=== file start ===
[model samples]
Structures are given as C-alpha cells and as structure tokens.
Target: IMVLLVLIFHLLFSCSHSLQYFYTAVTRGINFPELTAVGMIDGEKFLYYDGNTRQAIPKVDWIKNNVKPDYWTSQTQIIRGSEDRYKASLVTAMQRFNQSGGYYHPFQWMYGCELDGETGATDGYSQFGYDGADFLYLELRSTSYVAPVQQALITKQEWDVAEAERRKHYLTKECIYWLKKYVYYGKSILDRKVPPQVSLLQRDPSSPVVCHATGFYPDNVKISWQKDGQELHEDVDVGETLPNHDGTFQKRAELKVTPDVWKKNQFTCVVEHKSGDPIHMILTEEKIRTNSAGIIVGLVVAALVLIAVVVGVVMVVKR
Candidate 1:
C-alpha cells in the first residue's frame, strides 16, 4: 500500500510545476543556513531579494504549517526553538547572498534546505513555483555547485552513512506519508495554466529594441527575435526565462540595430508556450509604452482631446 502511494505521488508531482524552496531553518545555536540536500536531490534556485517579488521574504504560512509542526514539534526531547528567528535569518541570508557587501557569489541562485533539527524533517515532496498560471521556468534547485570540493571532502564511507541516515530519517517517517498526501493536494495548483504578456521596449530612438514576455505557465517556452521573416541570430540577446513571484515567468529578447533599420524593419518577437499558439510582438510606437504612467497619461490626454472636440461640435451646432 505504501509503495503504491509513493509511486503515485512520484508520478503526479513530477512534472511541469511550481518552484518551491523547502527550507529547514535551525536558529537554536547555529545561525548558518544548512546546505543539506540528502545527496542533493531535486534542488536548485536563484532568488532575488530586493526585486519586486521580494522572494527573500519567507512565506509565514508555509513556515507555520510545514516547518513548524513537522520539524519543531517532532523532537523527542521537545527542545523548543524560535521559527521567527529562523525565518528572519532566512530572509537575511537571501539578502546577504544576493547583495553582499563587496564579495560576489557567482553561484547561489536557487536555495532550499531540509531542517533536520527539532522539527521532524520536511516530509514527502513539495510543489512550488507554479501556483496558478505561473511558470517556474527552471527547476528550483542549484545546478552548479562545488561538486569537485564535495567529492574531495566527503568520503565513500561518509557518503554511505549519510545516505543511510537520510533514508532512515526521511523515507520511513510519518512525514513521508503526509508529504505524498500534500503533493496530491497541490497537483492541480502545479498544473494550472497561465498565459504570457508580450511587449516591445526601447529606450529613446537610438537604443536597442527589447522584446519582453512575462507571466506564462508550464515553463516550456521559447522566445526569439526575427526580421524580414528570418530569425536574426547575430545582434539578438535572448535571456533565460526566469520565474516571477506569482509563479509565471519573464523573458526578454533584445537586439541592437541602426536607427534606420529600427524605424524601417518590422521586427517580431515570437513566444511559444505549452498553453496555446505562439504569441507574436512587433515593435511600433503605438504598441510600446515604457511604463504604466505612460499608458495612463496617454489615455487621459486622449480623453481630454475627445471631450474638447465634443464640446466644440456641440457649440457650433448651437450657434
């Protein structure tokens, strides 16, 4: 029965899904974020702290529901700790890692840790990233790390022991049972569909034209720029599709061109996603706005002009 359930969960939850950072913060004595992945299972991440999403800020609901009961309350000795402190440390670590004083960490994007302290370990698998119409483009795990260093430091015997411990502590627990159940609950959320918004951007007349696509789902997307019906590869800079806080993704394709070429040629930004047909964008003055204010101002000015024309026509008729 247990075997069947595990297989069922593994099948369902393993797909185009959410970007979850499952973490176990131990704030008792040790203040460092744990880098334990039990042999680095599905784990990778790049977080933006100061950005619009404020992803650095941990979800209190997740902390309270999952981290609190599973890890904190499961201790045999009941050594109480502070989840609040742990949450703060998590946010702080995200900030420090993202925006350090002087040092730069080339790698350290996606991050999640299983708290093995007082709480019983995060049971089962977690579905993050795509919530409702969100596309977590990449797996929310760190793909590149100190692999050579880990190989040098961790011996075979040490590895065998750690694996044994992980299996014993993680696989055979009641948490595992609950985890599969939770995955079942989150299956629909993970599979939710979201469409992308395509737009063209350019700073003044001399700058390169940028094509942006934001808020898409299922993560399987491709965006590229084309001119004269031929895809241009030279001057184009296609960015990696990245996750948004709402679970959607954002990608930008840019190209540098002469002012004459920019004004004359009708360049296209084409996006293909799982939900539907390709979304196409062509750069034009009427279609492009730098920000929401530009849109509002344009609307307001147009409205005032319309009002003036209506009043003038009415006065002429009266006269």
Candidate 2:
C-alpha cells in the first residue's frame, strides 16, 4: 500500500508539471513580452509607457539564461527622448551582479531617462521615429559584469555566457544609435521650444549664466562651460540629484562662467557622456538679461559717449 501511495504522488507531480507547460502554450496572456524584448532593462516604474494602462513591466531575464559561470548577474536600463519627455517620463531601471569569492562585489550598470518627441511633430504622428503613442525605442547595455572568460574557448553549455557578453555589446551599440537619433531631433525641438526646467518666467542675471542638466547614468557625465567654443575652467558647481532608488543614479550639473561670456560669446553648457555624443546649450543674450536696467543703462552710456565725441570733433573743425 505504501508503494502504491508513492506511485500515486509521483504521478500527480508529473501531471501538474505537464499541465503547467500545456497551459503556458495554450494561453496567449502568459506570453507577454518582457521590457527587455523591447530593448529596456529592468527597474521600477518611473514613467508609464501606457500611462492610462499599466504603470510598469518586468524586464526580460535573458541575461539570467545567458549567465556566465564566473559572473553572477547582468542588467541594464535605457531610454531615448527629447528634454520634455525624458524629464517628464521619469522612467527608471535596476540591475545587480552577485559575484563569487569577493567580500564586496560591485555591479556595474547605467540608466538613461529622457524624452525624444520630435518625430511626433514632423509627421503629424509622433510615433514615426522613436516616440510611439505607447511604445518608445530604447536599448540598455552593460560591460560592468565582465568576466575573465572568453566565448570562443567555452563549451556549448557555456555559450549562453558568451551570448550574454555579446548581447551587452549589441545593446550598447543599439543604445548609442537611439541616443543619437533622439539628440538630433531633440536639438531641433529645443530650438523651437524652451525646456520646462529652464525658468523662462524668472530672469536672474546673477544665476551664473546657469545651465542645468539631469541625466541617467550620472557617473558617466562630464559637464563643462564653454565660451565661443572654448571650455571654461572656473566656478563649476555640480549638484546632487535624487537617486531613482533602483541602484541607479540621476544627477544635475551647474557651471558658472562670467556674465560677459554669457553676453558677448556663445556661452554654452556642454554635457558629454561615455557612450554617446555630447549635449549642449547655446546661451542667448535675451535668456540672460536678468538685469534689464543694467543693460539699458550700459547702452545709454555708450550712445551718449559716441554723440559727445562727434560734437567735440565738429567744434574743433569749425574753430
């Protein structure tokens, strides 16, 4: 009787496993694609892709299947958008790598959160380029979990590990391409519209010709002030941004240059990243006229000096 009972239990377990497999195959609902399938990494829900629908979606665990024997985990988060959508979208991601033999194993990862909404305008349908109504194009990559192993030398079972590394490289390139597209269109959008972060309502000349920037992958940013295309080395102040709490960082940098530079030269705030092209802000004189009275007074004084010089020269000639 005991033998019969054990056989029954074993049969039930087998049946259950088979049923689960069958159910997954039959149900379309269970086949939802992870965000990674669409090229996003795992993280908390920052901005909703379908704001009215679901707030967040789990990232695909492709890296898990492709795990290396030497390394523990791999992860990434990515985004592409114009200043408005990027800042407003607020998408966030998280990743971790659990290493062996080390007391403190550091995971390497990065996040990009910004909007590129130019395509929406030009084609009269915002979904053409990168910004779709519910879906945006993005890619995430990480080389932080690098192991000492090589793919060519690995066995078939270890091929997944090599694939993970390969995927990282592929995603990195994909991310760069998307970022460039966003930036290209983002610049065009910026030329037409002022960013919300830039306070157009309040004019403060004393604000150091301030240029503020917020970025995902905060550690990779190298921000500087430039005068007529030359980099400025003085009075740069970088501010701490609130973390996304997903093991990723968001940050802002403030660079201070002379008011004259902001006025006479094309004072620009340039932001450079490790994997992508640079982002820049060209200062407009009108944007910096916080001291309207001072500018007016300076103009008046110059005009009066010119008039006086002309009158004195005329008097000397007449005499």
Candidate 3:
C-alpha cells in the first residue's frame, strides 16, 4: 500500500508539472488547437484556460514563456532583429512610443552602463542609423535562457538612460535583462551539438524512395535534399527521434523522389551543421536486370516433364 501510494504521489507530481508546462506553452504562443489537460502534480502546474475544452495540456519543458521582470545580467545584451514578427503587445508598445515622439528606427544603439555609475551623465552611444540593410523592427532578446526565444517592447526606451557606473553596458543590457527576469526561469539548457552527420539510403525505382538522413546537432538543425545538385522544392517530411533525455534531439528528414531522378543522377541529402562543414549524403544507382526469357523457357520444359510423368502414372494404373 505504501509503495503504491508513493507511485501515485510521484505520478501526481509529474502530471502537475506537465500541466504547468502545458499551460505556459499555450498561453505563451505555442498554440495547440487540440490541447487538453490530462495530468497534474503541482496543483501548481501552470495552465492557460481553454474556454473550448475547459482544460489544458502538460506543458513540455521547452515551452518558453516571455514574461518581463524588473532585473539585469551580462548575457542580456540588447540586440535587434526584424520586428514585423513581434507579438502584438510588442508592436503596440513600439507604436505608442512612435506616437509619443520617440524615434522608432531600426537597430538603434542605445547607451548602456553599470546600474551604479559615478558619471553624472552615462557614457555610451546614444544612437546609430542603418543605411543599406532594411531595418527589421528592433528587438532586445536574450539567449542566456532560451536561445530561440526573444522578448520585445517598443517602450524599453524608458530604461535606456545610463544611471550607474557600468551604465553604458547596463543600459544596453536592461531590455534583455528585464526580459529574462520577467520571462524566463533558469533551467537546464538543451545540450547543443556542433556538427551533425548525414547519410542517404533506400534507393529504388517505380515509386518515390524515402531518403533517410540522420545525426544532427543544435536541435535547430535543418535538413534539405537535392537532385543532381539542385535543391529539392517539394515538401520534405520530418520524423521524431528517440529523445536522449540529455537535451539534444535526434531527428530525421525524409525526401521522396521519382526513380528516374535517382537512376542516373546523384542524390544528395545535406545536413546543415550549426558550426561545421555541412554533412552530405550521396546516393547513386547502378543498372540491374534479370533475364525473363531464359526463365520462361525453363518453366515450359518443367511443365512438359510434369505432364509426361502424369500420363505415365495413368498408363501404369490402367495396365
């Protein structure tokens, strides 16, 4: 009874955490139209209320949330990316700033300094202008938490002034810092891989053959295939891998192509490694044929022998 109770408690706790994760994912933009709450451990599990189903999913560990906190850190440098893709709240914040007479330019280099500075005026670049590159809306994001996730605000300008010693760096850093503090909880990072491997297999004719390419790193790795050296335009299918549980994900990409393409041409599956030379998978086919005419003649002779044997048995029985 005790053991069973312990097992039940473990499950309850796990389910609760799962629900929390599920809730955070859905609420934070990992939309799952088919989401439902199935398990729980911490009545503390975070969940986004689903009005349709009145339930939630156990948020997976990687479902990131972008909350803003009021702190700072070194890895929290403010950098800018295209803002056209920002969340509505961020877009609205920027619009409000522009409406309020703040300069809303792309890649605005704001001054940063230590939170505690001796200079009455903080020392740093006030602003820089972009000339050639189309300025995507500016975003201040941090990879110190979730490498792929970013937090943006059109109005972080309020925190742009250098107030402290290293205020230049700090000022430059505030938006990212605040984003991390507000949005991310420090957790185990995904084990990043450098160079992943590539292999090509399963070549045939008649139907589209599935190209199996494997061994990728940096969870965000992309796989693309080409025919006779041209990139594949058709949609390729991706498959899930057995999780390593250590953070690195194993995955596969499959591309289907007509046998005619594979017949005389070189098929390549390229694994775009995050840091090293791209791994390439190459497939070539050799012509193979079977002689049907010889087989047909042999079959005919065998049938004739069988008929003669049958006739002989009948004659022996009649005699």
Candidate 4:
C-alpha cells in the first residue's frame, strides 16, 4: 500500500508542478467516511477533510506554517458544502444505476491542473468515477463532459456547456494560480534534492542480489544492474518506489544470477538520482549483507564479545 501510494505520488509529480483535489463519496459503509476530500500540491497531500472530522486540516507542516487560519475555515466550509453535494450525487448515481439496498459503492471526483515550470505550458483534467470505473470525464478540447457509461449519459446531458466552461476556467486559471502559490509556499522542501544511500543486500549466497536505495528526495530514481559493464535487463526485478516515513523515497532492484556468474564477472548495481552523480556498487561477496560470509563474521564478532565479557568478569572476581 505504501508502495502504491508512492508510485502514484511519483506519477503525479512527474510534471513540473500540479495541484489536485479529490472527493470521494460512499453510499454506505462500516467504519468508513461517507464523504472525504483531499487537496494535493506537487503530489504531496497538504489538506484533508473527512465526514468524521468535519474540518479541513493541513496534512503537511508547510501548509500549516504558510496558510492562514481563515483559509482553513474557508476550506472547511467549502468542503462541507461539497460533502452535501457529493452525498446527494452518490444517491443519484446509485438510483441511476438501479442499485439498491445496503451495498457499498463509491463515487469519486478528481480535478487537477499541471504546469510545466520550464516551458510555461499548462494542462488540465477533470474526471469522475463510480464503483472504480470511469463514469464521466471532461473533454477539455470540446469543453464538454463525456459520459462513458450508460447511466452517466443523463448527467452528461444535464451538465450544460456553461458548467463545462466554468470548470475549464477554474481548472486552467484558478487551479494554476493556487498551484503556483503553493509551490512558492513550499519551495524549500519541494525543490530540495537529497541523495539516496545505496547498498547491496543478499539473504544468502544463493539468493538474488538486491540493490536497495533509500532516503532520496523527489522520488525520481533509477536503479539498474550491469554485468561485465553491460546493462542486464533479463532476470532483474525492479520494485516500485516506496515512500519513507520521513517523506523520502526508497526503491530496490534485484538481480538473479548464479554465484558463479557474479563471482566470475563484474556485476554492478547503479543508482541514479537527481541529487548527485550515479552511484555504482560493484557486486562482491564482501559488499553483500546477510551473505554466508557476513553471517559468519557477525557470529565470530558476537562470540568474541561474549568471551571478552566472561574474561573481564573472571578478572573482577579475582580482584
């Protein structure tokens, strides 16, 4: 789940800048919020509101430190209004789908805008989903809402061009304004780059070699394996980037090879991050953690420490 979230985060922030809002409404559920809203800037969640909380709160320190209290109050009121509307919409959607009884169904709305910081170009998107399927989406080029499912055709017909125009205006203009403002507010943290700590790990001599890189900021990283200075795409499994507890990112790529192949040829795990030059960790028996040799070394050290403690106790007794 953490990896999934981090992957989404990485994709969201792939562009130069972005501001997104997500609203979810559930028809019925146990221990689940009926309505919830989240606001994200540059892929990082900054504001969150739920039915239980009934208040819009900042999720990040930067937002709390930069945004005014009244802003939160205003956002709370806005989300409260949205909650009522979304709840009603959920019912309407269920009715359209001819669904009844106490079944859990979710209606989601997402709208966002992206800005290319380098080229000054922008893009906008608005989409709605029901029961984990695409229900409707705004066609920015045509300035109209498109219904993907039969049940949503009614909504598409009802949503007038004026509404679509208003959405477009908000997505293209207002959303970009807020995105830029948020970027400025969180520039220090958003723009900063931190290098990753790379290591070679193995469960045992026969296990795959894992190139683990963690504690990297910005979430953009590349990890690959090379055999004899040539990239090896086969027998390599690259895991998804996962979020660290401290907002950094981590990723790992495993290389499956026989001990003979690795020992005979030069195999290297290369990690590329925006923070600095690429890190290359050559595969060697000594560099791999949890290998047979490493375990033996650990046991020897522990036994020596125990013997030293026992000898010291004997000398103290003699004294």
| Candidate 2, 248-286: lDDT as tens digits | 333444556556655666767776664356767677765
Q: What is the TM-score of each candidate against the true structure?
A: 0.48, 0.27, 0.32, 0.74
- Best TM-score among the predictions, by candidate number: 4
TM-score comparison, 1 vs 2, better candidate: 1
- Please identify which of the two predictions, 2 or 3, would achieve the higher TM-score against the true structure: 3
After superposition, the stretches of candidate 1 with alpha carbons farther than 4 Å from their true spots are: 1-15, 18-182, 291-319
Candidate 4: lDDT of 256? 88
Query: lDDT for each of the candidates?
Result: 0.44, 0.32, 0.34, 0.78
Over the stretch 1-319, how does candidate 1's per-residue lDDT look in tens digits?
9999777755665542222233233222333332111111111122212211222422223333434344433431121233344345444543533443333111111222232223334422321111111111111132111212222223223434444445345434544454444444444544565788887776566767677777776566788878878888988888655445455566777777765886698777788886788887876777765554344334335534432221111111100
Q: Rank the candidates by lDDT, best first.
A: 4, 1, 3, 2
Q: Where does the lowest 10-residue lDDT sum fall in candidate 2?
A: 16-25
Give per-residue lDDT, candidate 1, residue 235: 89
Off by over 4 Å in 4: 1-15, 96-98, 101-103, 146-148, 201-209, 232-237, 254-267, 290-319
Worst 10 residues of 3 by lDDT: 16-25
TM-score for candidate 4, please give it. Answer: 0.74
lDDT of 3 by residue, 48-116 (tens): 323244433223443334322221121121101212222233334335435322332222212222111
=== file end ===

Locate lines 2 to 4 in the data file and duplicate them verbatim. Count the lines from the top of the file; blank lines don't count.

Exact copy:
Structures are given as C-alpha cells and as structure tokens.
Target: IMVLLVLIFHLLFSCSHSLQYFYTAVTRGINFPELTAVGMIDGEKFLYYDGNTRQAIPKVDWIKNNVKPDYWTSQTQIIRGSEDRYKASLVTAMQRFNQSGGYYHPFQWMYGCELDGETGATDGYSQFGYDGADFLYLELRSTSYVAPVQQALITKQEWDVAEAERRKHYLTKECIYWLKKYVYYGKSILDRKVPPQVSLLQRDPSSPVVCHATGFYPDNVKISWQKDGQELHEDVDVGETLPNHDGTFQKRAELKVTPDVWKKNQFTCVVEHKSGDPIHMILTEEKIRTNSAGIIVGLVVAALVLIAVVVGVVMVVKR
Candidate 1: